The Anime itself is divided into 6 different famous Japanese literatures made by famous authors from the past and all of the arcs has no connection with the others, but don't let this make you down because those 6 literatures sure were masterpieces indeed. You may prefer some arcs over the others, but overall it was a roller coaster full of emotions. One has to think deeper to read more
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Jun 9, 2015
Aoi Bungaku Series is six works of Japanese literature packed into twelve episodes. Perhaps that sounds dull—I mean, old literature always seems kinda boring, but this series presents themes of human morality and emotions in a very different way. Think of this as six different psychological, very short anime if you will, each one with a different topic to make you think about.

Firstly: The narrator at the beginning. He's great, and there's this eerie background music playing in the beginning as he asks us to please watch. The way he introduces the authors' lives (...All of them seem to be very sad. I'm not sure read more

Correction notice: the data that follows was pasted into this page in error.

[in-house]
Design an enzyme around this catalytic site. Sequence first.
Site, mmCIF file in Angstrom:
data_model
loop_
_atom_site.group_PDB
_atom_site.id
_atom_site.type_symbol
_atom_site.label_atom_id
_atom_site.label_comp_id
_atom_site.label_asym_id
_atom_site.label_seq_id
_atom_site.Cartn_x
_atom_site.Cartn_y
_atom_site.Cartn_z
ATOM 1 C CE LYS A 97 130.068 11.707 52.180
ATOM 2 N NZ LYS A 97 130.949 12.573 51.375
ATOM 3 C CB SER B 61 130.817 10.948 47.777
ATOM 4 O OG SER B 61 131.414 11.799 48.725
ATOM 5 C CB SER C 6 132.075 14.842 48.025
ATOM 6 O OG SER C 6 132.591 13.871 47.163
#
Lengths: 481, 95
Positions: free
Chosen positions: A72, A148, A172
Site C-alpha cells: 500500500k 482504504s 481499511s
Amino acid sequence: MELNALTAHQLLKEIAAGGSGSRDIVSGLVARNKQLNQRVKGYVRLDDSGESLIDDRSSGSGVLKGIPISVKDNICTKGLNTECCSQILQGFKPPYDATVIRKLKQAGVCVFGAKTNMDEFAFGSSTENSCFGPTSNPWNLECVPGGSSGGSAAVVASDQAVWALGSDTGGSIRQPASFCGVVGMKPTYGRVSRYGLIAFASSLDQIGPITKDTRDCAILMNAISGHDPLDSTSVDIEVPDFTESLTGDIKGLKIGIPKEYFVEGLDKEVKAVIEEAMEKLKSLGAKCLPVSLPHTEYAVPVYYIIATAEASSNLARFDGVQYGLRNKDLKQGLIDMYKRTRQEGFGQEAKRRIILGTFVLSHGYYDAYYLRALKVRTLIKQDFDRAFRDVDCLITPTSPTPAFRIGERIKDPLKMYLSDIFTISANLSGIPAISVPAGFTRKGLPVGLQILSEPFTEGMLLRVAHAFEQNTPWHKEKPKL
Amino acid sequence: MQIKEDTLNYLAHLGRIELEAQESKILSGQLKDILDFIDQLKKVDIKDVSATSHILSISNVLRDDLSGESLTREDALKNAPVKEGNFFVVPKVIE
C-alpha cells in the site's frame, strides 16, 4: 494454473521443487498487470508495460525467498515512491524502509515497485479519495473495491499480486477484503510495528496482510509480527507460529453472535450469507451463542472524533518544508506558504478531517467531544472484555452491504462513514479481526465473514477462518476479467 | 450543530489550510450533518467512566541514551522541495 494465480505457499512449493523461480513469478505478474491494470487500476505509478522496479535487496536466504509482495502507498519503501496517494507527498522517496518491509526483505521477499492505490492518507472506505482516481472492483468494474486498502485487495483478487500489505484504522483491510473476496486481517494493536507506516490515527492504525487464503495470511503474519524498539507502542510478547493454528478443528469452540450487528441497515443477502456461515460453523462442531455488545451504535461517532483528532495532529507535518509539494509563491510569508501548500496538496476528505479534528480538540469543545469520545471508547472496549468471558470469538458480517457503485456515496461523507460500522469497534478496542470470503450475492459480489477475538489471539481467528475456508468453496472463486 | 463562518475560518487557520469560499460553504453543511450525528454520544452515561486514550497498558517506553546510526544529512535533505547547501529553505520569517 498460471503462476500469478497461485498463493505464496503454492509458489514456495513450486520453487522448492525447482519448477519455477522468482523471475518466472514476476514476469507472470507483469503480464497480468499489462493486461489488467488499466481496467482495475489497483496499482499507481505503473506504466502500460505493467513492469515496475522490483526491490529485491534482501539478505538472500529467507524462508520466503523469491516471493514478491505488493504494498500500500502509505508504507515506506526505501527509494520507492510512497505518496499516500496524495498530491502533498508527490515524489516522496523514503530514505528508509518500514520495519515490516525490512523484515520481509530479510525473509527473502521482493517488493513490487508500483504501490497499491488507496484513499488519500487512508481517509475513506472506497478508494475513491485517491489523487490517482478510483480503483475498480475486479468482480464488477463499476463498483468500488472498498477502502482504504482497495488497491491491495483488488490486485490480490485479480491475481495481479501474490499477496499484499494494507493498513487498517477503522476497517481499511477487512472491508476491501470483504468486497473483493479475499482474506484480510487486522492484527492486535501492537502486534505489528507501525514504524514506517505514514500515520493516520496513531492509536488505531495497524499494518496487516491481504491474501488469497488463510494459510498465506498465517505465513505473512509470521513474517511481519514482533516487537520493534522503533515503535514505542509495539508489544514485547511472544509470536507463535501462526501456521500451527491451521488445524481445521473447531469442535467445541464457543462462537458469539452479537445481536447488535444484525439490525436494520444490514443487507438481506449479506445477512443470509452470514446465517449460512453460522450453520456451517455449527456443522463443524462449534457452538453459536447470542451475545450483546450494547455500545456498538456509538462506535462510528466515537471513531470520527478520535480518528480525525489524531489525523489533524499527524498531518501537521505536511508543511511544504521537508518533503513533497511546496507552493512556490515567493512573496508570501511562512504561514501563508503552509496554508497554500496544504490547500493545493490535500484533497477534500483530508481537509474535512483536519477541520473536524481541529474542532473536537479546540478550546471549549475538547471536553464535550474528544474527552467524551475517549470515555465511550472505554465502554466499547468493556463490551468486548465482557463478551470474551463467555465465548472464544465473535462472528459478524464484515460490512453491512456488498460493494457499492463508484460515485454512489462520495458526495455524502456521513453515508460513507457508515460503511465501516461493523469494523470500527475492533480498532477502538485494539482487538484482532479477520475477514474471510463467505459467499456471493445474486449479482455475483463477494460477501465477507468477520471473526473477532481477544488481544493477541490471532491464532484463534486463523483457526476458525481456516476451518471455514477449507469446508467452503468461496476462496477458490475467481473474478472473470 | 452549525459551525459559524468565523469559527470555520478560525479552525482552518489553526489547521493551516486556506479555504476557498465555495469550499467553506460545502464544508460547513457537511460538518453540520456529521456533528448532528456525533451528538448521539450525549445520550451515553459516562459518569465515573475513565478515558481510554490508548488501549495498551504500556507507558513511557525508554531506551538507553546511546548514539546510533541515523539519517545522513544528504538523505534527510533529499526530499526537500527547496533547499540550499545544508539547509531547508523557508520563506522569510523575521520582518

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Oct 12, 2014

If you have never heard of Aoi Bungaku, don't be ashamed. It is NOT a well known series at all. This is unfortunate, because in both popularity and rating it is one of the most criminally underrated anime on all of MAL. What makes this anime good? I will try to do it some justice and explain.

Story: 10/10

Aoi Bungaku is an anthology of stories taken from classic Japanese literature. The most famous of the stories featured is the short novel "No Longer Human" which is covered in episodes 1-4. The story is about a tortured young artist who as a child was sexually abused read more
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Dec 10, 2009
Though the series hasn't finish airing I'll write separate reviews for each of the stories told as told in the anime shows that have aired in Japan:

No Longer Human: Great. In just 4 episodes so much was told. One reason why people should watch the first 4 eps of Aoi Bungaku is because as odd as it may seem MANY OF US ask these questions at one point in our lives or another. I don't want to spoil anything or what happens or transpires so I won't give any references. There are several references to this title so it's difficult read more
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Aug 17, 2014
Anime being based on manga adaptions are very much common place, in fact, I'm not sure if I know an anime not based off an adaption. However, anime's based on old novels are very rare, and Aoi Bungaku is one of those rare types.

Aoi Bungaku (Or Blue/Evergreen literature) follows the adaptions of some of the most popular Japanese literature in the mid 20th century, and how their messages still resonate today.